Today I would like to share some thoughts and some information about the concept of psychological flexibility, a basic part in the theory of acceptance and commitment.
Let's start by sharing some concepts:
What is the theory of acceptance and commitment all about?
It is an approach to psychotherapy that stems from traditional behavior therapy and cognitive behavioral therapy. Clients learn to stop avoiding, denying, and struggling with their inner emotions and, instead, accept that these deeper feelings are appropriate responses to certain situations that should not prevent them from moving forward in their lives. | Source
What is psychological flexibility
Contacting the present moment fully as a conscious human being, and based on what the situation affords, changing or persisting in behavior in the service of chosen values. | Source
In other words, it could be defined as the capacity everyone of us has to be present in the moment, adapting to the situations that are presented in the environment, through the practice of complete attention and awareness. Being open to everything that happens (emotions, feelings, sensations, and memories). Everything, of course, to achieve a high level of efficiency on our actions, without violating our own values.
Lets imagine, for example, a young driver who enjoys to go out with his new car, but who has problems dealing with his emotions of anger and frustration every time he encounters something bad on the road. He loves to drive, but he can not avoid losing his temper every time he comes across drivers who make mistakes or drive slowly. The way he interacts at that moment with his emotion of frustration or anger is by responding with the behaviors he has learned to perform when he feels said emotion.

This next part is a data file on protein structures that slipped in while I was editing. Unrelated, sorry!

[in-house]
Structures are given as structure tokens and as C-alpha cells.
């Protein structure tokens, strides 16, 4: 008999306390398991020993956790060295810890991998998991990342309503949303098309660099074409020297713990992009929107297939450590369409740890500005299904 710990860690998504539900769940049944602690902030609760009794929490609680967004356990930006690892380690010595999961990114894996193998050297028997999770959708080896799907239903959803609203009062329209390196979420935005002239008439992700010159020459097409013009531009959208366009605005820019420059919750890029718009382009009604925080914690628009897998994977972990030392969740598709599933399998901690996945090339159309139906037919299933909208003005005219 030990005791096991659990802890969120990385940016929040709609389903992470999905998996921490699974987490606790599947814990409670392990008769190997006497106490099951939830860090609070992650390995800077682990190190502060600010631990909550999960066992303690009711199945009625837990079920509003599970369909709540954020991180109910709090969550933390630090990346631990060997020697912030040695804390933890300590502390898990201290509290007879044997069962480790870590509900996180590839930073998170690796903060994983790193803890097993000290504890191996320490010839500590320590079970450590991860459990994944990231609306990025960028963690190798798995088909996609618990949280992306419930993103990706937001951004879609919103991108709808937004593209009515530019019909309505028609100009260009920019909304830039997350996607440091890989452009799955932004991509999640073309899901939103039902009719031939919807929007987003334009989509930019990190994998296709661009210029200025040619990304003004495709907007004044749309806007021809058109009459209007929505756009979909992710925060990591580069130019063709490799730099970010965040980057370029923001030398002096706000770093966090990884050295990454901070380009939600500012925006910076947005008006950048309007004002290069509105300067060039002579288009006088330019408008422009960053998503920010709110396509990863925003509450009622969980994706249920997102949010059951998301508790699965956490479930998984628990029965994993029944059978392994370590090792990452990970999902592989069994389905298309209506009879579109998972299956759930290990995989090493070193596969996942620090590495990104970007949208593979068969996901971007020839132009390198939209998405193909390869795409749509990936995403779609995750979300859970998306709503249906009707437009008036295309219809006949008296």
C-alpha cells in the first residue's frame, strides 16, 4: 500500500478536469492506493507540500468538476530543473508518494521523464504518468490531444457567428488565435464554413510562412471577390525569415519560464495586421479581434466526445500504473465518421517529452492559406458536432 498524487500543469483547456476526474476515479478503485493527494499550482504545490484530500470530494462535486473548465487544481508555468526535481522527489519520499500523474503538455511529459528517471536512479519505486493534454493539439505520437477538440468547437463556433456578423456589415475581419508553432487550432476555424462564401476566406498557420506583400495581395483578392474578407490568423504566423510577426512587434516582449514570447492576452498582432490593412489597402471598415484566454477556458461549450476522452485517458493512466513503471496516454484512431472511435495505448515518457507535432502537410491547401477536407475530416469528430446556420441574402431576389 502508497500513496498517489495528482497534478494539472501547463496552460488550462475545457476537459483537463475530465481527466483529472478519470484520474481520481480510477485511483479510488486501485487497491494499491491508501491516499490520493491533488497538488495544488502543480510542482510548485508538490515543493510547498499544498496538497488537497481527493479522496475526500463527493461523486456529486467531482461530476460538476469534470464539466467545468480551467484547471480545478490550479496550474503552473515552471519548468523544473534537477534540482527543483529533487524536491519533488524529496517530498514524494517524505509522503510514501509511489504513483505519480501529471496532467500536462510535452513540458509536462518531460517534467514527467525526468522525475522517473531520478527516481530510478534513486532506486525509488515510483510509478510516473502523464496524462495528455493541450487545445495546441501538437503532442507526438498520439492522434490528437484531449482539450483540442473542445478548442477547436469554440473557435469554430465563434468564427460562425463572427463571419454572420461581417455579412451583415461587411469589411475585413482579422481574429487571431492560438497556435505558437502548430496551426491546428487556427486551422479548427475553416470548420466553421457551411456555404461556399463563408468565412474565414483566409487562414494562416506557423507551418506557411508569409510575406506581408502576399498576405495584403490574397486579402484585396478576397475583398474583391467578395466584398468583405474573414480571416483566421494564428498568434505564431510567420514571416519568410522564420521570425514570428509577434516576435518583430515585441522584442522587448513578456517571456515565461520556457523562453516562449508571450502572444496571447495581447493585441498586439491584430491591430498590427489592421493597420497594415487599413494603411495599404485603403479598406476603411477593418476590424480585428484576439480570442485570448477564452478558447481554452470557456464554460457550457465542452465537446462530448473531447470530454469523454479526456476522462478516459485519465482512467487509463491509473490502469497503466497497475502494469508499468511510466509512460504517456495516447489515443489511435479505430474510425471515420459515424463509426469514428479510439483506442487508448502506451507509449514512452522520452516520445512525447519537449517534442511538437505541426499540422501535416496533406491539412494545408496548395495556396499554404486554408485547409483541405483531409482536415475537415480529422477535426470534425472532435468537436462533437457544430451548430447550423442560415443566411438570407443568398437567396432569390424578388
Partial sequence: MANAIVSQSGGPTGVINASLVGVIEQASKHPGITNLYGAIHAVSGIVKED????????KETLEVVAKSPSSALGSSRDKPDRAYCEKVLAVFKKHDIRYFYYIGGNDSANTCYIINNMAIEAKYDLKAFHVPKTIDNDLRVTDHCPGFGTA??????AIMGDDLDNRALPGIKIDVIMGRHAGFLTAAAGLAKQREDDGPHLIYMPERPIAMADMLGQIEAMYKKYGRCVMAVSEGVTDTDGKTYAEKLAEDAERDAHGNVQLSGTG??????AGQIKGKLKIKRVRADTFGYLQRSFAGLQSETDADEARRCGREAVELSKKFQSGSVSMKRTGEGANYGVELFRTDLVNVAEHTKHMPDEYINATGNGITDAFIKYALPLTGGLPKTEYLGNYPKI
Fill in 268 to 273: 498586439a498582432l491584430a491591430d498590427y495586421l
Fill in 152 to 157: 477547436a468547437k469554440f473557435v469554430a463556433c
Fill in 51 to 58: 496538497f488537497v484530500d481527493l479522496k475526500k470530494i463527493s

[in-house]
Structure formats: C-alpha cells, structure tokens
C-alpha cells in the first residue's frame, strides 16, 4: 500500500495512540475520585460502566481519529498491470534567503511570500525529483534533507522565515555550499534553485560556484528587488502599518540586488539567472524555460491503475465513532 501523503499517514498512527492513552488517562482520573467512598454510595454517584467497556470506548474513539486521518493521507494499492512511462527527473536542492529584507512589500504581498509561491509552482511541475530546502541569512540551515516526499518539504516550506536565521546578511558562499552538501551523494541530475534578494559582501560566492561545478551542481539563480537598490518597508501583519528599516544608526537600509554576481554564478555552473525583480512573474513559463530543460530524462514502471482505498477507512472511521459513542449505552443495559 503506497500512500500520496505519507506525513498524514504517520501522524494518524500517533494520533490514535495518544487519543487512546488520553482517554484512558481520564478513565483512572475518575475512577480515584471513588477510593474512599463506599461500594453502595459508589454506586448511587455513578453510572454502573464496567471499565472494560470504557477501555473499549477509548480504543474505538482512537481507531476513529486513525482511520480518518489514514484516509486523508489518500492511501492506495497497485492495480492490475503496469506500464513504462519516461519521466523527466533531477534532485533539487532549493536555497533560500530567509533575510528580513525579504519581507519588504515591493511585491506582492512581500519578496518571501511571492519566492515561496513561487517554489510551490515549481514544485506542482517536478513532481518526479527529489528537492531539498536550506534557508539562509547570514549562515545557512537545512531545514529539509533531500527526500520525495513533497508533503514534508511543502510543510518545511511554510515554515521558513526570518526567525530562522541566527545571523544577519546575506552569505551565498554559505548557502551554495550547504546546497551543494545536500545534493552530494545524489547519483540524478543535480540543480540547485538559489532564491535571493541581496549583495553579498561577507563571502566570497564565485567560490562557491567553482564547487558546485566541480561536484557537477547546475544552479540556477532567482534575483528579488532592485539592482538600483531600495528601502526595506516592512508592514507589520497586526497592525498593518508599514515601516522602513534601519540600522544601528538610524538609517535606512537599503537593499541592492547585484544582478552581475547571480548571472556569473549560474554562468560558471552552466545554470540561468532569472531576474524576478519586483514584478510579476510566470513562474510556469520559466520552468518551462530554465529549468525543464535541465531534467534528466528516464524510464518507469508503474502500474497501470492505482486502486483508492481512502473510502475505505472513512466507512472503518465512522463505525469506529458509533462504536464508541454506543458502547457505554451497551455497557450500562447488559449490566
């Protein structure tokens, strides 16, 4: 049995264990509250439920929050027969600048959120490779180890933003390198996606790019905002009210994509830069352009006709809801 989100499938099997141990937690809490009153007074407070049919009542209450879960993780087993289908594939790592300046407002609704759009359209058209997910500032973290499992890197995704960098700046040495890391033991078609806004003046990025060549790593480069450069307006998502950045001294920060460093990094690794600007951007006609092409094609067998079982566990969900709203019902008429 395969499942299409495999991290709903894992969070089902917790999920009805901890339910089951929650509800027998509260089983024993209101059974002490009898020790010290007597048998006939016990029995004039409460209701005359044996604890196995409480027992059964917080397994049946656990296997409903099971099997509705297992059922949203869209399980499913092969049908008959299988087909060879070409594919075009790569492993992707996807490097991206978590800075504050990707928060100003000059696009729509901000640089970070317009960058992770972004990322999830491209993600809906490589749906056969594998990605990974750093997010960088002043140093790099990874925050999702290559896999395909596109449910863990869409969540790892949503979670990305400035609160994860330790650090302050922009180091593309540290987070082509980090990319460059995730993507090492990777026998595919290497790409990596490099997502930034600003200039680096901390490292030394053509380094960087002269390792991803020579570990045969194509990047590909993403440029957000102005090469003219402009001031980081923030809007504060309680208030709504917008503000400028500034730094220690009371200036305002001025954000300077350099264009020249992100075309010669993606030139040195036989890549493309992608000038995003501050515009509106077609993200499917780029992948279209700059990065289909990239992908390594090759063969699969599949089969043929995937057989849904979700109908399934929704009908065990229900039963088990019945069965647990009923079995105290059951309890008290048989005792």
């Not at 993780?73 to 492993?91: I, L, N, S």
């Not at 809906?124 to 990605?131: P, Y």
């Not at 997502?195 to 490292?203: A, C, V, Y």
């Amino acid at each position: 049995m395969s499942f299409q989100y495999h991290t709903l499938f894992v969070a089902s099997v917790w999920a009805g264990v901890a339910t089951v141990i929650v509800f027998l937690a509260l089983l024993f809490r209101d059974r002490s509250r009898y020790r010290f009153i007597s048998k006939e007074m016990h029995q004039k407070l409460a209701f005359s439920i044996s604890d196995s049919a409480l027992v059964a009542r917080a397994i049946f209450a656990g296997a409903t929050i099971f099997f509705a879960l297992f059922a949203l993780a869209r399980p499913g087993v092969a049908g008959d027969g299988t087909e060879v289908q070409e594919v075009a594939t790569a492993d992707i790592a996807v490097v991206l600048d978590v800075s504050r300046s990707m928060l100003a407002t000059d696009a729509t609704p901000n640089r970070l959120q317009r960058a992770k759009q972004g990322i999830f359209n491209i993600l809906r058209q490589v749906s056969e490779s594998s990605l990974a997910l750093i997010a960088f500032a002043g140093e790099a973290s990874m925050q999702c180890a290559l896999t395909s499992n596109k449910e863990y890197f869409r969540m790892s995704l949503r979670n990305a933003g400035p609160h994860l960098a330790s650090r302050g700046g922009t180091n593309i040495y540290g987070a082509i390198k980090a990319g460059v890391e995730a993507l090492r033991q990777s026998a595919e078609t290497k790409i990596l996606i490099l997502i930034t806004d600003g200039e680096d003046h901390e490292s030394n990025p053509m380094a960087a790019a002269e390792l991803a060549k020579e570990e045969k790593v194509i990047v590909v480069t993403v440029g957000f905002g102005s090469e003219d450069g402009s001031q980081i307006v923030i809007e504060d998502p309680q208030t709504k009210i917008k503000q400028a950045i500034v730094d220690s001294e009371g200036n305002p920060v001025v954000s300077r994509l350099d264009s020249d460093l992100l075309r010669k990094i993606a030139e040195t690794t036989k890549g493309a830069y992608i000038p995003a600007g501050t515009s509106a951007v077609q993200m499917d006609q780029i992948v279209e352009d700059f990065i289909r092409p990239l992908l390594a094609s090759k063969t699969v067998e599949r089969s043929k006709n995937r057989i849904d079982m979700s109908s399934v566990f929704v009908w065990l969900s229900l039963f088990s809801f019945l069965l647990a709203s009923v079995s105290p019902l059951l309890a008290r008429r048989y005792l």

This the typical driver who screams in front of certain situations at the wheel, or who drives with rage and quickly to avoid being behind other drivers simply because they are slower This way of acting can potentially cause various problems, and can affect the person on various ways like for example:
Performs risky actions when driving.
Rushing and causing an infraction.
Among others, all of this can end up causing a really hard time, when in reality this is simply a guy who loves to drive, so there shouldn’t be so much bad emotions when actually doing the activity that he loves the most.
The same thing can happen in video games. We all know at least one person that tend to get extremely frustrated when they are killed playing COD, or when they allow a goal on FIFA. I had a younger cousin and a few years ago we usually joined together every other weekend to play COD. There were 4 of us with the split screen local multiplayer, and every time this cousin of mine was losing, his rage was so intense that there were some moments it was hard not to laugh when playing against him. This was clearly not healthy for him, so he started to get more relaxed as he got older.